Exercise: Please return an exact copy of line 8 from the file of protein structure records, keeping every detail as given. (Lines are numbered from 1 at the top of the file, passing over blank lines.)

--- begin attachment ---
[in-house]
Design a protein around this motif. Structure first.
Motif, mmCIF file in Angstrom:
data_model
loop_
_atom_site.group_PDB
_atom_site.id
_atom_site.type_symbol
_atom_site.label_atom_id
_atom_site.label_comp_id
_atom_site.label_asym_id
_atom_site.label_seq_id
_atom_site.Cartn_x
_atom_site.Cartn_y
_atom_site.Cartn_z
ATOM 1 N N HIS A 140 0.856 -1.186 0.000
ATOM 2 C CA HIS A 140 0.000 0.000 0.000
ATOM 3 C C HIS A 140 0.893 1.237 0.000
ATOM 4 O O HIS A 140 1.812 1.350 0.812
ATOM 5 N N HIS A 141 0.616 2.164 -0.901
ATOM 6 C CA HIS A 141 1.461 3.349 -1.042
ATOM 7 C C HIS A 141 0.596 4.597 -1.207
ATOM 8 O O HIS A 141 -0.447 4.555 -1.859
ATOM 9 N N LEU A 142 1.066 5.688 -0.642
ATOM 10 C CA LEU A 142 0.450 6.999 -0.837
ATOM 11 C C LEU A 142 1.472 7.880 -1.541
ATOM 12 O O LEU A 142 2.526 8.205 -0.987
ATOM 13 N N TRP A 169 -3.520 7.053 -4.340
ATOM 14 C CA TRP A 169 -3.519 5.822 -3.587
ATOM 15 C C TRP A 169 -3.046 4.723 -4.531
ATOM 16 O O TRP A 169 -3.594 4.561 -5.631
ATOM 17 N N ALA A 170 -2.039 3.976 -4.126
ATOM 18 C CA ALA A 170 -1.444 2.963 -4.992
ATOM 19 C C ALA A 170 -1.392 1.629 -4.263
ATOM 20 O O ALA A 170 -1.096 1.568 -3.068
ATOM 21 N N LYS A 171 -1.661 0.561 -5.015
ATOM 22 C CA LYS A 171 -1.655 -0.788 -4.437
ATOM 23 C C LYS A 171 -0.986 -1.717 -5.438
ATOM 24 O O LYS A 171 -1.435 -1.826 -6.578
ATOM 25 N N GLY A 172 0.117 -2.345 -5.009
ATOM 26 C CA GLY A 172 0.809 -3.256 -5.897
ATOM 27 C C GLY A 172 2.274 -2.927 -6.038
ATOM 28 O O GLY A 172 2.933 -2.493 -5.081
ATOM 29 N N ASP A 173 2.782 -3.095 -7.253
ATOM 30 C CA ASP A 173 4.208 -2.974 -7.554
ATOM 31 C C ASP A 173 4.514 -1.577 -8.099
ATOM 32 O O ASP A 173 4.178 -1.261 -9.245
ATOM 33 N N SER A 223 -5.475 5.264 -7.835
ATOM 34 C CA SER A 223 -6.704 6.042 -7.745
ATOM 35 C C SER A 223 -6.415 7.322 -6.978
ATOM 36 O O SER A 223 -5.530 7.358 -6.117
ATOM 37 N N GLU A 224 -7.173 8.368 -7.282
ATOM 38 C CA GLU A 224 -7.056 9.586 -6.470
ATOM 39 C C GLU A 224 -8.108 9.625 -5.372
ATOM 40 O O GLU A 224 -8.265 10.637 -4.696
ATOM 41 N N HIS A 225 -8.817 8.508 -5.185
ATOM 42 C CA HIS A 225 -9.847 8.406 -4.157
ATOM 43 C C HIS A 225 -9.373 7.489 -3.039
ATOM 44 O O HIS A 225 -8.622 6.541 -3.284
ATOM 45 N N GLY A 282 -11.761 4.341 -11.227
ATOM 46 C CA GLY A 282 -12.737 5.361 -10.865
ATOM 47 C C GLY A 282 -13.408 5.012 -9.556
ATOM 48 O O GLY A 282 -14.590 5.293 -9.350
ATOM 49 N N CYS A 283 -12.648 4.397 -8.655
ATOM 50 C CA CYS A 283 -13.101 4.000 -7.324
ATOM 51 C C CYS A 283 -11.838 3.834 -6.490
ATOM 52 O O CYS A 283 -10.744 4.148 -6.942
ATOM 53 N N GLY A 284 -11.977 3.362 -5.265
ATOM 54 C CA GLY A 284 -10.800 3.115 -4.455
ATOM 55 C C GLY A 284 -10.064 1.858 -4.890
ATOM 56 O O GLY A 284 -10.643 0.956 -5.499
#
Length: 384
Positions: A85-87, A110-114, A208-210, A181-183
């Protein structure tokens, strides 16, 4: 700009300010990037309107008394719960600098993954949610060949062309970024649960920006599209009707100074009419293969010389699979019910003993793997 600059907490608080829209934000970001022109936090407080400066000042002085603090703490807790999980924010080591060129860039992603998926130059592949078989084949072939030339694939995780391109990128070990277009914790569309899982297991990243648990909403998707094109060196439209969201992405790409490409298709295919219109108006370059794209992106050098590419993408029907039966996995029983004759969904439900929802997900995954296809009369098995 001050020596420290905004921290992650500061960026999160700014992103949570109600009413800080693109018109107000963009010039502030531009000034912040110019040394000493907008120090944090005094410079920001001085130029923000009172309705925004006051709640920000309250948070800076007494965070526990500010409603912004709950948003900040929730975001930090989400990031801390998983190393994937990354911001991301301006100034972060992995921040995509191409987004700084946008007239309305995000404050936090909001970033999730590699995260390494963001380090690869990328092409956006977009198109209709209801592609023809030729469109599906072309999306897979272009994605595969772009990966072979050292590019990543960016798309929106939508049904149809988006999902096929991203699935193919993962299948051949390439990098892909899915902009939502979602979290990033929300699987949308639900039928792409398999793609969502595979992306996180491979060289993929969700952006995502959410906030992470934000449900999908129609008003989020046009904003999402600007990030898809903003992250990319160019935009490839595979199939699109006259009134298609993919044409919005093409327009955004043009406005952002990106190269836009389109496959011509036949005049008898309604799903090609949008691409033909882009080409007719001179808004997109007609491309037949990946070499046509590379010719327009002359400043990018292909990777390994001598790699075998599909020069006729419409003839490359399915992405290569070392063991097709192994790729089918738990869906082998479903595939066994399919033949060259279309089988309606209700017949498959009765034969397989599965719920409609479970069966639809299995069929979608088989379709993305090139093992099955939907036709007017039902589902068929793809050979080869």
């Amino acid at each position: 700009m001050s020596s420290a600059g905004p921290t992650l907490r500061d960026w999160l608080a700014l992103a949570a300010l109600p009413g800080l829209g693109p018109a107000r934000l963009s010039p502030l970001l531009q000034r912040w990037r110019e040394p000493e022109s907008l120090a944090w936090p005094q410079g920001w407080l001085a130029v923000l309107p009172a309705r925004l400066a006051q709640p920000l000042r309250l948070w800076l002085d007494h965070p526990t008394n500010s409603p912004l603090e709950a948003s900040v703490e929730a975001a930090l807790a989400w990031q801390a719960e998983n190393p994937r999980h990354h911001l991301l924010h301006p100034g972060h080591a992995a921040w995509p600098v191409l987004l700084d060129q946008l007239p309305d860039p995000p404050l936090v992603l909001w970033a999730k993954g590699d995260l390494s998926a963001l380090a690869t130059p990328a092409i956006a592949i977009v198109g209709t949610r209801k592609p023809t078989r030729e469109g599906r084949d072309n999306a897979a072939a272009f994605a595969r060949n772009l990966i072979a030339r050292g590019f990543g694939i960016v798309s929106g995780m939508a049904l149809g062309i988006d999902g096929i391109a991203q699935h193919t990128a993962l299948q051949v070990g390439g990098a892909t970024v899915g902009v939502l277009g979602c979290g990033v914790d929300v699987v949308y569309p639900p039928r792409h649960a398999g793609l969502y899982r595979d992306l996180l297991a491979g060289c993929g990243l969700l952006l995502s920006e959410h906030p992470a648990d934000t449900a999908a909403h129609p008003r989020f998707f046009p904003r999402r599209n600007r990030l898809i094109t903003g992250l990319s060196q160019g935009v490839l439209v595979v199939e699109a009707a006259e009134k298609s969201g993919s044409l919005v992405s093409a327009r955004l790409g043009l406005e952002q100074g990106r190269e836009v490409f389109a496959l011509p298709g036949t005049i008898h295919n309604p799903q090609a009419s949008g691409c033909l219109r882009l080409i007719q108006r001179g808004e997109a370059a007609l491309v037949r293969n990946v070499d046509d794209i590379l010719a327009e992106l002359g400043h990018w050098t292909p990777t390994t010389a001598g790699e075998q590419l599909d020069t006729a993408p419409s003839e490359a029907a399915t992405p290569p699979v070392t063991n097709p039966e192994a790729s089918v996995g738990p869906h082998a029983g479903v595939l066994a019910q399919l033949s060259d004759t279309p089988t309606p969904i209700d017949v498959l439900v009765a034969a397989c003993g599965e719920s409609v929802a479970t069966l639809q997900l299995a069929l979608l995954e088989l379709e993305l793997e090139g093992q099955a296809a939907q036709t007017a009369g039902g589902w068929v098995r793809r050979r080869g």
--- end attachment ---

_atom_site.type_symbol